Kimberly-Clark (NYSE:KMB) has been involved in the manufacture and marketing of a wide range of personal care products for the past 148 years. The company has a long track record of delivering quality products and, according to the company, holds No. 1 or 2 brand share in 80 countries, with iconic brands such as Huggies, Cottonelle, Kleenex, and Scott.

The company has a long track record of stellar brand recognition. Yet, of late, sales growth has been lackluster for the company, with flat year-over-year sales performance for 2017 and less than a 1% year-over-year improvement for 2018. Costs have been rising relentlessly, however, with gross margin declining from 36.6% in 2016 to a low of 30.3% in 2018.  The company is scheduled to report its 2019 numbers on Jan. 23. 

Kimberly-Clark delivered a share price return of close to 2.5 times in the past 10 years, while rival Procter & Gamble only managed to double its share price, making Kimberly-Clark the better choice for a consumer staples stock over that time frame. However, P&G managed to report a 7% year-over-year sales growth in its recent Q1 2020 report. Growing sales have been elusive for Kimberly-Clark, even as it embarks on a global restructuring program and a new strategic plan.

Kimberly-Clark needs to spend money where it matters to deliver quality products with desirable features after intensive research and development. Though the company has committed to spending more, the details of this spending have not been clearly communicated to investors, leaving me unclear on how the company plans to rekindle sales growth.

A baby sitting beside a teddy bear; both are wearing a diaper

Image source: Getty Images.

The plans

In early 2018, Kimberly-Clark released a Global Restructuring Program (GRP) that, in a nutshell, was supposed to reduce costs and put that money into marketing and research and development for its core product portfolio. The supply chain would be simplified and 10 manufacturing facilities would be closed or sold as part of a program to exit or divest low-margin businesses.

The idea was to alter the company's cost base to make it permanently lower, while also exiting unprofitable businesses that were sucking up time, resources, and cash. This would complement the company's existing FORCE (focused on reducing costs everywhere) initiative in delivering sustainable cost savings. Total expenditure of around $1.5 billion to $1.7 billion was estimated at the time, along with around $600 million to $700 million of additional capital expenditure for brand-building purposes. By the end of Q3 2019, restructuring charges of around $1.25 billion had been incurred, but the program had also generated cumulative savings for $260 million for the company.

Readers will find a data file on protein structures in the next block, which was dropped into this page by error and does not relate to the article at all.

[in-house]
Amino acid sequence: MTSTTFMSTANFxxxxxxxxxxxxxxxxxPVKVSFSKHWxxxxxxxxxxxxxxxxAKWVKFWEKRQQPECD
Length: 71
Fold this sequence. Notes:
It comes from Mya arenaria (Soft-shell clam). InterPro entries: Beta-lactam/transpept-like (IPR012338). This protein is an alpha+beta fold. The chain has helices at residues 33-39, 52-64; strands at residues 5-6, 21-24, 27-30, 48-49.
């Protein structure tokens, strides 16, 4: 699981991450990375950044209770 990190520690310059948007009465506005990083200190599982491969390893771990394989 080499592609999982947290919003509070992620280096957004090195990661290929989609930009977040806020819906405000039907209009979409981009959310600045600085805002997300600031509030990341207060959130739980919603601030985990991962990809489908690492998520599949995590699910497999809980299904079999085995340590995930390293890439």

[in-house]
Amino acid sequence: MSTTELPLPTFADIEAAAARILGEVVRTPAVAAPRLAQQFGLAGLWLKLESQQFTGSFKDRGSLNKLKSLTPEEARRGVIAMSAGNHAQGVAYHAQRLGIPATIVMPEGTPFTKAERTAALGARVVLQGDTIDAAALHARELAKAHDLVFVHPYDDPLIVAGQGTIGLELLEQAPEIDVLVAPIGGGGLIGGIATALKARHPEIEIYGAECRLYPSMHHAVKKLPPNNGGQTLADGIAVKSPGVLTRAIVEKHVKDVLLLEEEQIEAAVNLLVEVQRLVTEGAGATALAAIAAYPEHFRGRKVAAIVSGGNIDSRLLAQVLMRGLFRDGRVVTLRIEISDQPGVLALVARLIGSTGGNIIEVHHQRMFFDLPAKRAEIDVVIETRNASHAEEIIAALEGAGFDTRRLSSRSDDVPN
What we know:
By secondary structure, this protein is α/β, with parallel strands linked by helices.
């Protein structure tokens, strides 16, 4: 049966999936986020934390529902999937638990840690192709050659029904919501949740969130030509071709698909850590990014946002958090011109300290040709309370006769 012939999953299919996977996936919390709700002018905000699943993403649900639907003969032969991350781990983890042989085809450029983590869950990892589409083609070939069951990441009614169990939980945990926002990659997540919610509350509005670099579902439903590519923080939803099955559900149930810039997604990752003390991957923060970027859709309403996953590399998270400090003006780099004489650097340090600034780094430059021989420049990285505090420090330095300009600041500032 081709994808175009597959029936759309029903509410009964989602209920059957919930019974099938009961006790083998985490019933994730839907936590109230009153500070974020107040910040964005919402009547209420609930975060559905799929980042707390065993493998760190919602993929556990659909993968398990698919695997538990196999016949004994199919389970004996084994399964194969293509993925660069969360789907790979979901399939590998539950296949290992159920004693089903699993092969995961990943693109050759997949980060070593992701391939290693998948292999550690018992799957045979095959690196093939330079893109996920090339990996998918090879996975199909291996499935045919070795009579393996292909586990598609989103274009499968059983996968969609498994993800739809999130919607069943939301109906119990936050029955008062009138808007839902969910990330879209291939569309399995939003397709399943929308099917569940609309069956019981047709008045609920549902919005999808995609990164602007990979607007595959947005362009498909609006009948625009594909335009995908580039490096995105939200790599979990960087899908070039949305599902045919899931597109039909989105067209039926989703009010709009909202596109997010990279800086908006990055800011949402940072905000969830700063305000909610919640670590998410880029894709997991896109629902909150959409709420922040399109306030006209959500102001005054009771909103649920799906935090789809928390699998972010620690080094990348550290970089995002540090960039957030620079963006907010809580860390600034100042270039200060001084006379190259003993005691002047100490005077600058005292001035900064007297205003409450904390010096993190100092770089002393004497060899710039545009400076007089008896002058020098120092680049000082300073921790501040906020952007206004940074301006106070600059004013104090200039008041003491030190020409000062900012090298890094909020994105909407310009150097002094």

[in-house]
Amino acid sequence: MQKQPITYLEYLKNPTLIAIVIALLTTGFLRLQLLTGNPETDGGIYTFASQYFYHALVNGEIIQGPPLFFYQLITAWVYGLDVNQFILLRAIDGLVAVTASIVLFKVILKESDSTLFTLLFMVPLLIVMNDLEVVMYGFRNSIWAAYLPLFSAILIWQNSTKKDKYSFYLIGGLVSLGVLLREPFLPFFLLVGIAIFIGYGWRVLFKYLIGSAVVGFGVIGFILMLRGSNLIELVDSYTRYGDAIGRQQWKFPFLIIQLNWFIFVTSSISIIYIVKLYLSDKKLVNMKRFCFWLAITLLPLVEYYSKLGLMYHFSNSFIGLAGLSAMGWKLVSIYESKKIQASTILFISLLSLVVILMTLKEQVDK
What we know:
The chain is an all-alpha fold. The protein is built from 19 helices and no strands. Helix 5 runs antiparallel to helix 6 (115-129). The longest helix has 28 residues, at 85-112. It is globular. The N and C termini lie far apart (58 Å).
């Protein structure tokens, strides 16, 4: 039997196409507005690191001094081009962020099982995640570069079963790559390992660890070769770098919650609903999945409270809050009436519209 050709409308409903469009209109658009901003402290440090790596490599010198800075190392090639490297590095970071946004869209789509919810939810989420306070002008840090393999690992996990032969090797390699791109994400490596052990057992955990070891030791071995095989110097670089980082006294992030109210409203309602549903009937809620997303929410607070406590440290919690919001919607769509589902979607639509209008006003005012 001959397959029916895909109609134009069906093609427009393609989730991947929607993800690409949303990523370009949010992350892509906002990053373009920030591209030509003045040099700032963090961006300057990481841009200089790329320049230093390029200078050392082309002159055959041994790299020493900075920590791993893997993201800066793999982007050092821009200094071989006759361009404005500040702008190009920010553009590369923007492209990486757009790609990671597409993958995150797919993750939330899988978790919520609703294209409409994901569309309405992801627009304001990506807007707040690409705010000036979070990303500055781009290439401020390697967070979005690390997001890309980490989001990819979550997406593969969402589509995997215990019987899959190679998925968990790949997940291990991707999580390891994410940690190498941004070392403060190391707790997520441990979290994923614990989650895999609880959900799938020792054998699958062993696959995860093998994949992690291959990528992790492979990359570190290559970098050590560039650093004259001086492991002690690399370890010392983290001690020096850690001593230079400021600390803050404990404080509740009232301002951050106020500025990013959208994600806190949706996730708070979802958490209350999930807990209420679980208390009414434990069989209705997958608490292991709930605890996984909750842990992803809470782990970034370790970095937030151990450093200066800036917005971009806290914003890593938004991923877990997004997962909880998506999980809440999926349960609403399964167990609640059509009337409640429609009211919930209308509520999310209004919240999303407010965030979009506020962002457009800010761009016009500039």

In early 2019, Kimberly-Clark announced its Strategic Plan 2022 -- the year the company will celebrate its 150-year anniversary. The key pillars of this plan include growing sales in line with, or ahead of, category growth rates, as well as driving supply chain improvements through FORCE to further control spending. Sales growth initiatives include focusing more on core brands and products, targeting developing and emerging markets, and leveraging digital marketing and e-commerce.

The company plans to spend around 4% to 5% of net sales on capital expenditures while returning the rest to shareholders through dividends and share buybacks. The stock's current dividend yield stands at around 2.9%.

How's it going so far?

GRP 2018 has delivered some positive results thus far. Gross margin for the first nine months of 2019 has improved to 32.2% (lower commodity prices played a role in this), while marketing, research, and general expenses have declined by 8% year over year.

However, in terms of the progress toward Strategic Plan 2022, the company has not registered any growth in its top line for the first nine months of 2019. In the personal care segment (its largest segment), third-quarter sales jumped 2% thanks to increased prices and volume. In the consumer tissue segment, the company's next largest segment, sales rose 1% as prices increased and volume declined. There was a negative currency impact on both segments.

It appears growth may not come easily for Kimberly-Clark, even though it has embarked on strategic initiatives and launched a three-year plan. While the GRP 2018 has indeed trimmed expenses and excess fat, reducing expenses can only do so much for a company. There comes a point where expenses may already be reduced to the bone, leaving the company with no other options for net income growth other than to boost sales.

Trading at a price-to-earnings ratio around 24, the shares seem to be pricing in sales growth that has not come through yet. The company needs to shed its overemphasis on cost reduction and, instead, start to refocus on growing sales volumes with superior products.